Then you have two options:

a) Create an “Item rendering” definition item

  1. Create an Item rendering under /sitecore/layout/Renderings using the template /sitecore/templates/System/Layout/Renderings/Item rendering - this is all there is to the item rendering itself as it does not reference a controller action or cshtml file
  2. Add your item rendering to a placeholder on a page
  3. Set the datasource of your item rendering to a content item. When you do this, Sitecore looks at the datasource item and sees that it has a renderer associated with it (from the ID you set in it’s Renderers field) and then renders it using that rendering. This enables you to switch out the components/renderings on a page more easily with the single step of changing the data source of the item rendering, instead of having to remove the old rendering, add a new one and set its datasource to the new content item.

b) Use Html.Sitecore().ItemRendering() in your razor code

This can be done with the following code:

@var items = Model.SelectedItems; //this would be a model property which is a collection of Sitecore Items
@foreach (var item in items)

For more about working with item renderings, see part 3 of my tutorial on building a carousel in Sitecore MVC which describes in more detail the second of the approaches mentioned above.

Models (Rendering Models in Sitecore MVC)

A model definition item in Sitecore MVC is an item which references a ‘RenderingModel’ class. An instance of this class is passed to any view rendering or layout which uses this model. The instance is created and initialized by the built-in Sitecore controller using the datasource item set on the rendering. Note, when I refer to a RenderingModel class, I mean a class inheriting from Sitecore.Mvc.Presentation.RenderingModel.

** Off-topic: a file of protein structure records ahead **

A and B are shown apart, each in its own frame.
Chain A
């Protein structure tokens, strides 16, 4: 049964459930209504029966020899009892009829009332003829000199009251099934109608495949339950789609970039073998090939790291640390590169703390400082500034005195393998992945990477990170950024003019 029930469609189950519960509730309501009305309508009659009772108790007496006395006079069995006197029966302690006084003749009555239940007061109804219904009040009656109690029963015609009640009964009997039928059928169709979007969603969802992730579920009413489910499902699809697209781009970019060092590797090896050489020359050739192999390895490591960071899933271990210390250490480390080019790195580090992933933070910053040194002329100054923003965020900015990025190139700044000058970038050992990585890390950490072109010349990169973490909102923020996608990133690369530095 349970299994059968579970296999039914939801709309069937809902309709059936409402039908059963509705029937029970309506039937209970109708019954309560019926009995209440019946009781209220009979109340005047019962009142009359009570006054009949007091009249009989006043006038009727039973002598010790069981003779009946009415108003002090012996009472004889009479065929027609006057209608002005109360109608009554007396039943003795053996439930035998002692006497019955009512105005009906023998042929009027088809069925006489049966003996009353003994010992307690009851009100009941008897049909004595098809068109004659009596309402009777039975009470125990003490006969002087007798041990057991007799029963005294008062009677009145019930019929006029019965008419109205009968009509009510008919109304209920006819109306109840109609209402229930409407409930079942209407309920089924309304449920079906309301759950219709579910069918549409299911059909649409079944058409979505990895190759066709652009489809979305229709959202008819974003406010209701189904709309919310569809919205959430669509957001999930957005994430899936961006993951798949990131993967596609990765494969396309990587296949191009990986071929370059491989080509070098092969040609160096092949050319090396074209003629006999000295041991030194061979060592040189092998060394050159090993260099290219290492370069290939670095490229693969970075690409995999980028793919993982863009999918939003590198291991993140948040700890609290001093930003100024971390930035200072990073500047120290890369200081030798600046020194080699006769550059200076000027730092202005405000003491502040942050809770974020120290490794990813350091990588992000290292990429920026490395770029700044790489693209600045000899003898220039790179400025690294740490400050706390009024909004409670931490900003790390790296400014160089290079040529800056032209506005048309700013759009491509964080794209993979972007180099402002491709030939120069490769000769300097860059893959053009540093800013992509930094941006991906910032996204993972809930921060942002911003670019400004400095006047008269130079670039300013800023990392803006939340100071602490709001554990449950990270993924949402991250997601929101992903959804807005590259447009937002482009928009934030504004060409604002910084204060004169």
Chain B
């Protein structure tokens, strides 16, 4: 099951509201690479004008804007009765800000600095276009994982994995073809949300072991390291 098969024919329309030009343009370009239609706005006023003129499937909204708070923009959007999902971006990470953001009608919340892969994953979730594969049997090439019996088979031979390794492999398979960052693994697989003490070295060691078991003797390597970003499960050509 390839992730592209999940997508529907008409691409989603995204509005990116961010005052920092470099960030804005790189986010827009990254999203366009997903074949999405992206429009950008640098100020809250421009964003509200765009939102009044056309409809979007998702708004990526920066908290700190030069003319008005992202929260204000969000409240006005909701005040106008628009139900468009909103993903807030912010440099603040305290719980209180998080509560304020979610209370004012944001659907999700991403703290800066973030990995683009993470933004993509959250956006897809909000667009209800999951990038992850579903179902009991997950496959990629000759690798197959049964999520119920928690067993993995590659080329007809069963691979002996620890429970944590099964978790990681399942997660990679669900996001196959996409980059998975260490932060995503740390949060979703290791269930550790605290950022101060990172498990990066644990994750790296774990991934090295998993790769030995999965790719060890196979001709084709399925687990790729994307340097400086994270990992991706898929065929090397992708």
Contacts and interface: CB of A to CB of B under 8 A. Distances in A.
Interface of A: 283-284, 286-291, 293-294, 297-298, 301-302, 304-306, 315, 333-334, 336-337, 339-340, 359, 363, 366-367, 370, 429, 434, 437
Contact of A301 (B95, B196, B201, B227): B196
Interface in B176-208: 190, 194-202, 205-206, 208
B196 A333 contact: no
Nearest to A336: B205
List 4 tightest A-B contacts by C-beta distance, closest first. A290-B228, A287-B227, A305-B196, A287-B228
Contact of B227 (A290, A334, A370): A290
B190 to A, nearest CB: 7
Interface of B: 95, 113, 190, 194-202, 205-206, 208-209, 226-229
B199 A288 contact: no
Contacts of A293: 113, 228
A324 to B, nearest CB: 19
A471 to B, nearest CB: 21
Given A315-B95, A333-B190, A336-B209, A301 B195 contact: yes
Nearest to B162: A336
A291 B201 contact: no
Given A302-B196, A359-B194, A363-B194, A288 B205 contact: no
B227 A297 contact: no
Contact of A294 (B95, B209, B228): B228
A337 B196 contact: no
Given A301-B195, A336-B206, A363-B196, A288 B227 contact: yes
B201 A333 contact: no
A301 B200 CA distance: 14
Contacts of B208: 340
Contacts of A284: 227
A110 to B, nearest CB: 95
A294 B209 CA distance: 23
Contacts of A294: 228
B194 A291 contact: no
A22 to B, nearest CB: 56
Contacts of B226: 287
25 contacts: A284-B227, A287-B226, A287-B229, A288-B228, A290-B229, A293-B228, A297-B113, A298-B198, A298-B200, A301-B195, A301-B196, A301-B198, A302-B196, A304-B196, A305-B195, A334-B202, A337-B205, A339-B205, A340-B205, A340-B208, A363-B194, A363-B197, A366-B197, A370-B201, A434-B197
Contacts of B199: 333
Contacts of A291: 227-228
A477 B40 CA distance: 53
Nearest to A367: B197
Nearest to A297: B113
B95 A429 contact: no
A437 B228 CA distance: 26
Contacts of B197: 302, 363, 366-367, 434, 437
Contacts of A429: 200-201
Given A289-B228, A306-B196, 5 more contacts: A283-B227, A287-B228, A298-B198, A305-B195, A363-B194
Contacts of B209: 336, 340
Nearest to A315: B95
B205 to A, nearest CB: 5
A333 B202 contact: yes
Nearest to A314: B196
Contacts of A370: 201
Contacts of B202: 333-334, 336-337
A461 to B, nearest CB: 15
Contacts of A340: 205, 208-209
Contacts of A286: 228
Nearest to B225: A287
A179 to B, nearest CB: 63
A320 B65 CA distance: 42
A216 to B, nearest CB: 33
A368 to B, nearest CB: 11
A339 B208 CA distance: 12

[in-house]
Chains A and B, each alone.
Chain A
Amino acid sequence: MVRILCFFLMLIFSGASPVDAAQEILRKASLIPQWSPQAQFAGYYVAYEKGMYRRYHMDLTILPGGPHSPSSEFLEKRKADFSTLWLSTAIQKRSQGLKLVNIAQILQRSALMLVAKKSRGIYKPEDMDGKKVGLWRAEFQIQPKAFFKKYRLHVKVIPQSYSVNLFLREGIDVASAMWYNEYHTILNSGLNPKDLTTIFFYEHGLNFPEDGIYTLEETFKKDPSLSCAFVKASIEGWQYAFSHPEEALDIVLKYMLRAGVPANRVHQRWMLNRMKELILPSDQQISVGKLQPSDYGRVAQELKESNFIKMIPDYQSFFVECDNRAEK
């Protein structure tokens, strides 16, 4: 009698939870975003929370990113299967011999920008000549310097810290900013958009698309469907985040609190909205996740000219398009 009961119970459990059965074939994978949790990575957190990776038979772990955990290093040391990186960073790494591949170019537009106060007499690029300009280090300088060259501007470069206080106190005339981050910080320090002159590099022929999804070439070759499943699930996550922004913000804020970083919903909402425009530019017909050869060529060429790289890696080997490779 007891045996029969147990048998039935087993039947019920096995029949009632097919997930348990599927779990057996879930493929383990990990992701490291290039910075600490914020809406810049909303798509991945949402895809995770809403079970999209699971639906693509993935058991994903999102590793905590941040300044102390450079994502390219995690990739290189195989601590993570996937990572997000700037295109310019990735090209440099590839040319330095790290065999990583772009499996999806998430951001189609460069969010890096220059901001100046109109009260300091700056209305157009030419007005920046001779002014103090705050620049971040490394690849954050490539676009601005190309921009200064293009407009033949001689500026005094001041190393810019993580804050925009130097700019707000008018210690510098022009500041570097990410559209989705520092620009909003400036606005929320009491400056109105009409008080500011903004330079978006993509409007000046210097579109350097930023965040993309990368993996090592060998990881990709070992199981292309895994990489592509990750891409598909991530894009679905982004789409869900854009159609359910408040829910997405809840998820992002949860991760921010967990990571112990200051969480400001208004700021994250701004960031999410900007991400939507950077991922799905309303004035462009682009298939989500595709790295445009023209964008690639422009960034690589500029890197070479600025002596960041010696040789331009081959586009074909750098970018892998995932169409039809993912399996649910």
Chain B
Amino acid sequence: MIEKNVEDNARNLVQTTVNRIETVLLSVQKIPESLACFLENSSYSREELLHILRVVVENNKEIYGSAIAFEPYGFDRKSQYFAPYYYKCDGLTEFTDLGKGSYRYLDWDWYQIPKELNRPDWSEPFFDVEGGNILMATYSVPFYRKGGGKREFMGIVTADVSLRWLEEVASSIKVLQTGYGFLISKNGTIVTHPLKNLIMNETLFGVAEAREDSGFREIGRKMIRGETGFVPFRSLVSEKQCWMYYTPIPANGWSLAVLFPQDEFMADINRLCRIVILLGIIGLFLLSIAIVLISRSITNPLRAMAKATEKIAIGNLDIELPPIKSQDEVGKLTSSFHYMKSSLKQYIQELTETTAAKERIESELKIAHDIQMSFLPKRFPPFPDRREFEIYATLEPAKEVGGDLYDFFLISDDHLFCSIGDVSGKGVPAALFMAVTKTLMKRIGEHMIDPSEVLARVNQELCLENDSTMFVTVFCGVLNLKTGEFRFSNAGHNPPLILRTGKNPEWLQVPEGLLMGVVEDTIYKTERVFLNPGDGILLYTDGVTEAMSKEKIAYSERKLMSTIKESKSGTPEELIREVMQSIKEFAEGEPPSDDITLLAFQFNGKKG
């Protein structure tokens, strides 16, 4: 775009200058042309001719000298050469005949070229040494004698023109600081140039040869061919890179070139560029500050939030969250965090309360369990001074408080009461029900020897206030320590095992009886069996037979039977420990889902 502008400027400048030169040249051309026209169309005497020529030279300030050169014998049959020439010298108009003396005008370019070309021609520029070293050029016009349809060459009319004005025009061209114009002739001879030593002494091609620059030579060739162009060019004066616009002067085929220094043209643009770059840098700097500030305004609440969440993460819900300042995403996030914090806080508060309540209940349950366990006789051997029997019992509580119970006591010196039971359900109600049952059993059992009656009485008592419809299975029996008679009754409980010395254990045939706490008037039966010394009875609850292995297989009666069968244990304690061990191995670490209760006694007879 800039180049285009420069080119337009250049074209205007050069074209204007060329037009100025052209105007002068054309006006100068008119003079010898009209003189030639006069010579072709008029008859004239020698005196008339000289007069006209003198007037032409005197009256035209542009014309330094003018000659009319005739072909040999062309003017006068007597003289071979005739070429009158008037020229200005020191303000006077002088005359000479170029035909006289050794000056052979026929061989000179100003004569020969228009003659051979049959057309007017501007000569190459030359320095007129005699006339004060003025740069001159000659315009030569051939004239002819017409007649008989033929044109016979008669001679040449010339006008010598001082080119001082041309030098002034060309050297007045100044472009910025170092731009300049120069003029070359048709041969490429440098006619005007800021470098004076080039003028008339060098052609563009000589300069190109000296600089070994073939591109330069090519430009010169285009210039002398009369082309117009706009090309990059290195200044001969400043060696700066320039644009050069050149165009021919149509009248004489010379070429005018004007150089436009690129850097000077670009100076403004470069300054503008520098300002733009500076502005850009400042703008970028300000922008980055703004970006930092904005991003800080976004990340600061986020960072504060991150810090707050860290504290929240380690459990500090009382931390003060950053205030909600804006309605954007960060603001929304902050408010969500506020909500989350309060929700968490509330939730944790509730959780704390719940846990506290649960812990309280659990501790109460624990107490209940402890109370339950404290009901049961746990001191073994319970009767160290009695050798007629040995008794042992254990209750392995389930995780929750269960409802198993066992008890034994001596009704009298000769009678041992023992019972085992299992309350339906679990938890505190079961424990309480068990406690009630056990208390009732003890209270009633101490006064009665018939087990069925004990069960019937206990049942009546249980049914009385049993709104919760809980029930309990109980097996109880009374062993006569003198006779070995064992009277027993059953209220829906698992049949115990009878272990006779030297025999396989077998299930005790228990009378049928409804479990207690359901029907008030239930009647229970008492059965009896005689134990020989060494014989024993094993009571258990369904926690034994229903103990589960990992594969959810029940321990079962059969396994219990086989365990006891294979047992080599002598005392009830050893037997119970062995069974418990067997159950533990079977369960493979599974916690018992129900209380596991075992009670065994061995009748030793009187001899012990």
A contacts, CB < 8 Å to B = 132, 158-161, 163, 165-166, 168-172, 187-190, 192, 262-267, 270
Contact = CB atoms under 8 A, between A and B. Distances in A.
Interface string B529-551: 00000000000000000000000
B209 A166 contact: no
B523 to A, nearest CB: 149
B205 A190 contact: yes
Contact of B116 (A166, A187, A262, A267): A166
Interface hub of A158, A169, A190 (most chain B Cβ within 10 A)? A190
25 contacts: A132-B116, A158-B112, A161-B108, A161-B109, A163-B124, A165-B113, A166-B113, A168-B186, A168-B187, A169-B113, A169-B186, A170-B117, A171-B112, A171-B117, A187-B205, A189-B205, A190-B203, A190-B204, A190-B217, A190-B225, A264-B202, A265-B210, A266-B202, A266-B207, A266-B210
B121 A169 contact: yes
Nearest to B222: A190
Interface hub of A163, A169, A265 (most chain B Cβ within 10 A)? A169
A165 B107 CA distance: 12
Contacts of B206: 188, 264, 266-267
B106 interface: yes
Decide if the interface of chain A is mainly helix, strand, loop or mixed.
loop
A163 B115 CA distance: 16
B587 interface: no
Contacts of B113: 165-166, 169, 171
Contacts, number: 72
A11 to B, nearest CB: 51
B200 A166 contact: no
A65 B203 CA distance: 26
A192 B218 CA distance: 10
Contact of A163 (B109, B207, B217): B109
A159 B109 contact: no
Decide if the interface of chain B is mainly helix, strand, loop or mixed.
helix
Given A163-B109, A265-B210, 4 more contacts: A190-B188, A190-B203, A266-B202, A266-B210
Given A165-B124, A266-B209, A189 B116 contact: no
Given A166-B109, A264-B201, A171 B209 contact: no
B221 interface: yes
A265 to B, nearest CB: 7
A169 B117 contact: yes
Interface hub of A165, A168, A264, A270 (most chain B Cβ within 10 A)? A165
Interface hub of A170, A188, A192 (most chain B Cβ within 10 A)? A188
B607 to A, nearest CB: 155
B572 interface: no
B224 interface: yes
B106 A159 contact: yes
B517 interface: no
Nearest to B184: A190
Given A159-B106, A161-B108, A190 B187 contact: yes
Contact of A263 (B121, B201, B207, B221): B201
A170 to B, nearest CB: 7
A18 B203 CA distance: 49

To create a Model item in Sitecore MVC, go to /sitecore/layout/Models and create a new item using the template /sitecore/templates/System/Layout/Model. In the ModelType field enter a reference to your RenderingModel class in the usual “NamespaceAndClass, AssemblyName” format. Now you can reference this model from any layout or view rendering item by selecting it in the “Model” field in the layout/view rendering definition item.

An example rendering model class is shown below which provides ‘Header’ and ‘Content’ properties for a spot rendering:

public class Spot : Sitecore.Mvc.Presentation.RenderingModel
    public IHtmlString Header
        get { return new MvcHtmlString(Sitecore.Web.UI.WebControls.FieldRenderer.Render(base.Item, "Header")); }

    public IHtmlString Content
        get { return new MvcHtmlString(Sitecore.Web.UI.WebControls.FieldRenderer.Render(base.Item, "Content")); }

This could be referenced in the view as follows:

@model Spot
<div class="spot">


These are found under /sitecore/layout/Controllers/ and are related to controller renderings. They serve as a shorthand way of referencing a controller/action pair and also allow you to use a friendly name in a controller rendering instead of the usual CamelCaseClassName and ActionName.

Create a controller item using the template /sitecore/templates/System/Layout/Controller and enter values for “Controller Name” and “Action Name” which should correspond to the controller class and action in your solution. Then go to your controller rendering and in the “Controller” field enter the name of the controller item you created and leave the “Controller Action” field blank. If you leave the action field blank on the controller rendering definition item, the default ‘Index’ action will be called (if your controller has one).


The aim of this article was to give a quick overview of the key presentation components in Sitecore MVC. I will be blogging in more depth about these and other topics in the next few posts. In the meantime, if you have any questions about this article, or suggestions for a future post, please feel free to leave a comment below!

Further Reading

Tags: Sitecore MVCASP.NET MVC